This course provides a study and overview of accounting theory, practice, issues, and objectives. The course focuses on the proper interpretation of financial information to understand the financial condition of any type of organization. The course will cover the nature, function, and environment of accounting, the basic accounting statements, and key financial accounting ratios.
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- Demonstrate the ability to properly record financial transactions.
- Distinguish between and describe the four different financial statements (balance sheet, income statement, statement of cash flow, and statement of shareholder equity).
- Create financial statements.
- Identify and evaluate the key components of the financial statements.
This course builds upon fundamental knowledge developed in MGMT 511 Financial Accounting. Students apply the concepts and methods of managerial accounting. Topics include the business environment, cost concepts and classifications, job-order costing, process costing, cost behavior, relationships to volume and profits, variable costing, activity based costing, profit planning, standard costs, relevant costs, applications of differential cost analysis, cash flows, and economic value added.
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- Develop proficiency in preparing and presenting the financial information required by management in routine business situations.
- Prepare a variety of business reports and analyze those reports to assist in interpretation of company performance.
- Distinguish among variable, fixed, and mixed costs.
- Assess the financial performance of public companies relative to their industries.
- Develop individual and team capacity in describing, conveying, and presenting financial information to non-accounting audiences.
- Articulate fundamental ethical principles of accounting as applied in real-world situations.
Accountants use, evaluate, and control information systems as a core dimension of their work with financial data. Information systems shape the capture, processing, and communication of accounting data in organizations. This course provides a thorough introduction to the ways that accounting and information systems intersect. Students will explore both the conceptual and the practical aspects of accounting information systems, including effective communication of information systems needs, the design and development of such systems, and the evaluation of their effectiveness. The dimensions of security, controls, and auditing will be addressed.
In this course, students expand their understanding of the accounting process and of reporting. The course builds the conceptual framework for generally accepted accounting principles, covering the accounting cycle, net income, financial statement preparation, measuring equity, current assets including cash, receivables, and inventories, as well as depreciation, impairments, and depletion.
In the second half of the intermediate accounting sequence, students will develop a greater understanding of the principles that dictate accounting applications and will apply those principles in increasingly advanced scenarios. The course also places emphasis on developing advanced spreadsheet techniques and research capabilities.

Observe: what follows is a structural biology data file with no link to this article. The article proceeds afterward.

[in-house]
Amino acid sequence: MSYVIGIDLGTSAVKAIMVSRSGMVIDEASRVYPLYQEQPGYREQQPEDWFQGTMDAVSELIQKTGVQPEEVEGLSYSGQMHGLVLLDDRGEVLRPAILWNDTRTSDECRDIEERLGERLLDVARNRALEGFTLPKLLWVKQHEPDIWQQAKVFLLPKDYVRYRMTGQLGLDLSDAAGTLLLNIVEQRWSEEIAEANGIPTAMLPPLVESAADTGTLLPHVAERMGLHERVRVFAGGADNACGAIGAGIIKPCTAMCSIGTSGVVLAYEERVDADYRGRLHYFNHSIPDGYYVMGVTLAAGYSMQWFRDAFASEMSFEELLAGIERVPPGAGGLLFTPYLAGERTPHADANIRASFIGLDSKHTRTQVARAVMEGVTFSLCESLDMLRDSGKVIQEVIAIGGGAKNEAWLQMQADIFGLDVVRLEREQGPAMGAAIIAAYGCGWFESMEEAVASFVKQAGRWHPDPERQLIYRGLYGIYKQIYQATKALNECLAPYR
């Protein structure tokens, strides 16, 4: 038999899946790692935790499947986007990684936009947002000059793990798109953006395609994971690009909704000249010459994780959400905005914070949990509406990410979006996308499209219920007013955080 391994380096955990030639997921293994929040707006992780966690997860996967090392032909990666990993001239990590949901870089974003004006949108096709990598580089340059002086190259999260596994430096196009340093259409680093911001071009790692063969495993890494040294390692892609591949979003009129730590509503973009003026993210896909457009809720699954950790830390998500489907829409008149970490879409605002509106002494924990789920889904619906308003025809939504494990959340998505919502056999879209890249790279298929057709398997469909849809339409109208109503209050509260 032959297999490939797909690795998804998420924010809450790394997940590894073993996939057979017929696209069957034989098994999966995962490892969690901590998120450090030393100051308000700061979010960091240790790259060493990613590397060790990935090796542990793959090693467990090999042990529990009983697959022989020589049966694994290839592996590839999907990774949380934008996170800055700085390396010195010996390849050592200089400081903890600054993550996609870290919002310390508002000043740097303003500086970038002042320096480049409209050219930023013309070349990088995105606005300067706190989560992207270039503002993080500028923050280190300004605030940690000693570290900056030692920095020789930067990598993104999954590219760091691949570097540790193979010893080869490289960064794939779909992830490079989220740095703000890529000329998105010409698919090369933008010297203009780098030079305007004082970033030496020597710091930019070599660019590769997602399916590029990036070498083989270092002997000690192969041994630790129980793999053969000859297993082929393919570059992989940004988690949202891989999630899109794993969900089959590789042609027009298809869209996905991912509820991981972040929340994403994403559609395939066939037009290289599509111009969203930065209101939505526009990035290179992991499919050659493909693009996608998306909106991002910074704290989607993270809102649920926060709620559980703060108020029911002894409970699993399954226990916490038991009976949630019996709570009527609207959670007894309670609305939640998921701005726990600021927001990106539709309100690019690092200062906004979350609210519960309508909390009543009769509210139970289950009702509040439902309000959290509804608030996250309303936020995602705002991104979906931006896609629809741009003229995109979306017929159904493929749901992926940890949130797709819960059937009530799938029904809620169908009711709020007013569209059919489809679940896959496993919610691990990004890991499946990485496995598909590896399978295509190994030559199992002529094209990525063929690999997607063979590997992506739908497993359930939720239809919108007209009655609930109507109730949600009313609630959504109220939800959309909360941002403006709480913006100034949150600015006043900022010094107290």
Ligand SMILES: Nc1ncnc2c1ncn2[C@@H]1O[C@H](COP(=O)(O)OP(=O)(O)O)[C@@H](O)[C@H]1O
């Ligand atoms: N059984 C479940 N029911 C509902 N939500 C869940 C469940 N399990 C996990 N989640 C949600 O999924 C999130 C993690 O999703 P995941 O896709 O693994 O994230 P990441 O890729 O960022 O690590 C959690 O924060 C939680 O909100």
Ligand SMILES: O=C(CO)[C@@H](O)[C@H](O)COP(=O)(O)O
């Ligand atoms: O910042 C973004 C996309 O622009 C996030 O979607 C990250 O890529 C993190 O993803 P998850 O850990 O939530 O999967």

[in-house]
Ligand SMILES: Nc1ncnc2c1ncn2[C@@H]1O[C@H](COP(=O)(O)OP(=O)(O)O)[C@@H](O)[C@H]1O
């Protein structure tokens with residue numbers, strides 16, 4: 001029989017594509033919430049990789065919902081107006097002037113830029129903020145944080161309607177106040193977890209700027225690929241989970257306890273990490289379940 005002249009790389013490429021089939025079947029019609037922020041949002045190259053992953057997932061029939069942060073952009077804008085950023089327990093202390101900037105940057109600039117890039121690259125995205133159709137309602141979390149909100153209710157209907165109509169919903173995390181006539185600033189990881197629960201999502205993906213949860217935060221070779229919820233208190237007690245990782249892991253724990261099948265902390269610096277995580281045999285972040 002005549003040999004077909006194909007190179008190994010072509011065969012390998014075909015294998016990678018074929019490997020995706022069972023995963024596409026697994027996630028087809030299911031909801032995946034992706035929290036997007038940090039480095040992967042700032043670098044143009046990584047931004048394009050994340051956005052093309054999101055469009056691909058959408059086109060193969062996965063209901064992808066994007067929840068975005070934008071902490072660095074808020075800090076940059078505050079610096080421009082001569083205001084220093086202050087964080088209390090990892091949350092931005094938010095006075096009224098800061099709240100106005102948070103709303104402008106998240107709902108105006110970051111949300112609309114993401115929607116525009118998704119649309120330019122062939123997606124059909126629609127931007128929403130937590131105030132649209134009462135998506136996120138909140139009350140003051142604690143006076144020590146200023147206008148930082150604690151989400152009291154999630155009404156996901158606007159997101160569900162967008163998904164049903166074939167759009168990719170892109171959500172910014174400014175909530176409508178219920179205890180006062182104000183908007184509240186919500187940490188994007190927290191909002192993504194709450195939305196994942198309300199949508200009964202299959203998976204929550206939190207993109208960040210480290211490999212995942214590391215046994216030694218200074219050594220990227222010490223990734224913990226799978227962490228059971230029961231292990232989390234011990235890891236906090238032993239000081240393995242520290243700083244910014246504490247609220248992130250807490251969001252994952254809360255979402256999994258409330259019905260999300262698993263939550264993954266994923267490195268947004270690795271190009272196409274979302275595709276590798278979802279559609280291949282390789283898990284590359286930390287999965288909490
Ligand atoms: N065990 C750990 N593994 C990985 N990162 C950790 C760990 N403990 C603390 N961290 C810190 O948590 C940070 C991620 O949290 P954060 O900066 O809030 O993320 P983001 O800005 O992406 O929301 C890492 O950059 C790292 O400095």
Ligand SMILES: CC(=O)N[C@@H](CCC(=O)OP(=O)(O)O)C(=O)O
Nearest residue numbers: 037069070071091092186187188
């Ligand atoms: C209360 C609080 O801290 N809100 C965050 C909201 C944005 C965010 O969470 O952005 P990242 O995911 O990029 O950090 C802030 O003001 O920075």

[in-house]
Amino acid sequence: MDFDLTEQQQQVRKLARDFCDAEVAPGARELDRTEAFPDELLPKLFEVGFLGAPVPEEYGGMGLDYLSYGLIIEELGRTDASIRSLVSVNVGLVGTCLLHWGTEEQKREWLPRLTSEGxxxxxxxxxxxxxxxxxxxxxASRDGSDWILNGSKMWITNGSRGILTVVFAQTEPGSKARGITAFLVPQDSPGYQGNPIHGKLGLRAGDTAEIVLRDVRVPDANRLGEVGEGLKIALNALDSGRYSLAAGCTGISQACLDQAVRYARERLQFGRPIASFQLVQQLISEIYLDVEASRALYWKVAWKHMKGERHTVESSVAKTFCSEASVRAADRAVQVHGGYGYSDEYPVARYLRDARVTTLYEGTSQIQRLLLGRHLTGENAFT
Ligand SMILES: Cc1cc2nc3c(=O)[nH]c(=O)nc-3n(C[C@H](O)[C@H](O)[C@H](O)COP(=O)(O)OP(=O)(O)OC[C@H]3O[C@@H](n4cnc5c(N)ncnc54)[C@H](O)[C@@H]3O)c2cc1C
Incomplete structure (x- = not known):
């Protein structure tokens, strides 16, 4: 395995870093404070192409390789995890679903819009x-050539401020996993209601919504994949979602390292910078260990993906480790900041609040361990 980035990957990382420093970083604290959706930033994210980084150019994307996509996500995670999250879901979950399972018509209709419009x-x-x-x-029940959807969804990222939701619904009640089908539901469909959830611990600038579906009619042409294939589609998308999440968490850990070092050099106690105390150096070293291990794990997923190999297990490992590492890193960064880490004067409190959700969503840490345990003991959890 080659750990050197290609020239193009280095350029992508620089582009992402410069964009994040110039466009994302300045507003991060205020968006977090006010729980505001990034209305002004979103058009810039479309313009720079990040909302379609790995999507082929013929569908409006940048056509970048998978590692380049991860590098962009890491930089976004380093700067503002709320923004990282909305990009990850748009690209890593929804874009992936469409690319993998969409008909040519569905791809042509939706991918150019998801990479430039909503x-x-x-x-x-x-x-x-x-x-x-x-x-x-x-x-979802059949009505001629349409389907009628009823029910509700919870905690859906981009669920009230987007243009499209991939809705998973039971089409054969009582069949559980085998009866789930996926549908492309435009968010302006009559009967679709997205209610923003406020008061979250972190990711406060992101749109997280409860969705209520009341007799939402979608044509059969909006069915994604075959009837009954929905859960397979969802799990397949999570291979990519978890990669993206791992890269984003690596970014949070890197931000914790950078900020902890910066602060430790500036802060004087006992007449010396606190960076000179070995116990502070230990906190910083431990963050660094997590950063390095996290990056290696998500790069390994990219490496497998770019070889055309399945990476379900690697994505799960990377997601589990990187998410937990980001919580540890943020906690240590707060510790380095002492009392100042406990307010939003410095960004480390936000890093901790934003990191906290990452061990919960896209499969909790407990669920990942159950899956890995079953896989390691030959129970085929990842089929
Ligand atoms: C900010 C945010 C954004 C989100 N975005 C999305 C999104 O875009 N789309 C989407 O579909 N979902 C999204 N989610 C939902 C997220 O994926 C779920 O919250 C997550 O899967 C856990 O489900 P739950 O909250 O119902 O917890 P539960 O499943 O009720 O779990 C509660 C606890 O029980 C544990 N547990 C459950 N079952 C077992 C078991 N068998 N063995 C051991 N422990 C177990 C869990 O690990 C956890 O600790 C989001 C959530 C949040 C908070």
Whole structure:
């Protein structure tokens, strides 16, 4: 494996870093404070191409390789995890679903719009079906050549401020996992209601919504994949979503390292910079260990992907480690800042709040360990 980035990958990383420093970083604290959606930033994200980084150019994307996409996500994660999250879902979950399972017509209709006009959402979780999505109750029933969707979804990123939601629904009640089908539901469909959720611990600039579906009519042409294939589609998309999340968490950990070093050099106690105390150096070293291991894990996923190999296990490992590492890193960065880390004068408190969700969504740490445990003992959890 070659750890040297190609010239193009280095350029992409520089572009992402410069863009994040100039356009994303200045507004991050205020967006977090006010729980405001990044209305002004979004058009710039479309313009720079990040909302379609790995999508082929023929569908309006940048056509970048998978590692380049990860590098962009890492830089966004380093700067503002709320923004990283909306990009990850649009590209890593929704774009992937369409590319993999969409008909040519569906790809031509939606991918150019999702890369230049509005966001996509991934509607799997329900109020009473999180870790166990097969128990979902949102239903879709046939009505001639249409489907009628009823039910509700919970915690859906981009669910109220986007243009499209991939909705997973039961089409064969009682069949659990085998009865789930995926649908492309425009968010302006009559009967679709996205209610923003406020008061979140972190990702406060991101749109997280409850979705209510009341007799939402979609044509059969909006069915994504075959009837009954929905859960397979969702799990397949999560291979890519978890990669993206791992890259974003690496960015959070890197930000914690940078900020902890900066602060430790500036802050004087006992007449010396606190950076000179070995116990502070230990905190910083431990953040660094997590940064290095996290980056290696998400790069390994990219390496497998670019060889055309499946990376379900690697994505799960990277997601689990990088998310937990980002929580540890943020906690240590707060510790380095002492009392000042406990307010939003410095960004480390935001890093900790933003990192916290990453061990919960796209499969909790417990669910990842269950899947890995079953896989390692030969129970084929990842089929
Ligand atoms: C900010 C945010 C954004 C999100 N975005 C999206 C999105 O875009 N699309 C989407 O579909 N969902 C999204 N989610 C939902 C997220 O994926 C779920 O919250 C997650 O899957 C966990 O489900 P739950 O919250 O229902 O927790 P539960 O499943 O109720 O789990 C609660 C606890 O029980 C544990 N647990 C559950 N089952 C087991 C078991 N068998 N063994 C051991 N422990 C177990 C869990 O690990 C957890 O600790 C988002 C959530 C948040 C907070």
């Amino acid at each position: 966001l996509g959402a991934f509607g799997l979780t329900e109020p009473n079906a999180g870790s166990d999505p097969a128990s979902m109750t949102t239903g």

This course is designed to familiarize students with advanced accounting concepts such as foreign currency translations, accounting for consolidations, and partnerships. Students will practice accurately and appropriately journalizing transactions related to these and other advanced accounting scenarios, such as liquidation and reorganization. Upon completion of this course, students will articulate why businesses might use such strategies, as well as how to conduct accounting ethically in complex accounting situations.
The purpose of this course is to familiarize students with the basic differences between accounting for profit-driven entities and accounting for governmental or not-for-profit organizations. Students will also learn to identify and implement best practices in accounting within governmental or not-for-profit organizations, in keeping with the regulatory and ethical context of such practices.
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- Identify entities for which governmental or not-for-profit accounting would be necessary and articulate the potential implications of poor accounting practices in these entities.
- Understand fund accounting for governmental entities, including the general fund, capital projects fund, and special revenue fund.
- Journalize common transactions specific to governmental entities in keeping with the regulatory and ethical contexts for such transactions.
- Practice completion of financial statements for governmental entities with an awareness of implications for their use and potential disclosure.
- Analyze best practices for accounting in not-for-profit organizations (including hospitals and universities) and practice appropriate documentation of common transactions for these entities.
This is an introductory course in Federal income tax law relating to individuals and businesses, including proprietorship, partnership and corporation. Topics include gross income, deductions, losses, tax credits, property transactions, deferred compensation, tax planning and preparation of tax returns.
This course focuses on the principles and practice of investigating a businesses financial statements and supporting financial documents. Topics include roles and responsibilities of the auditor, types of audits, auditing standards, internal control and professional ethics.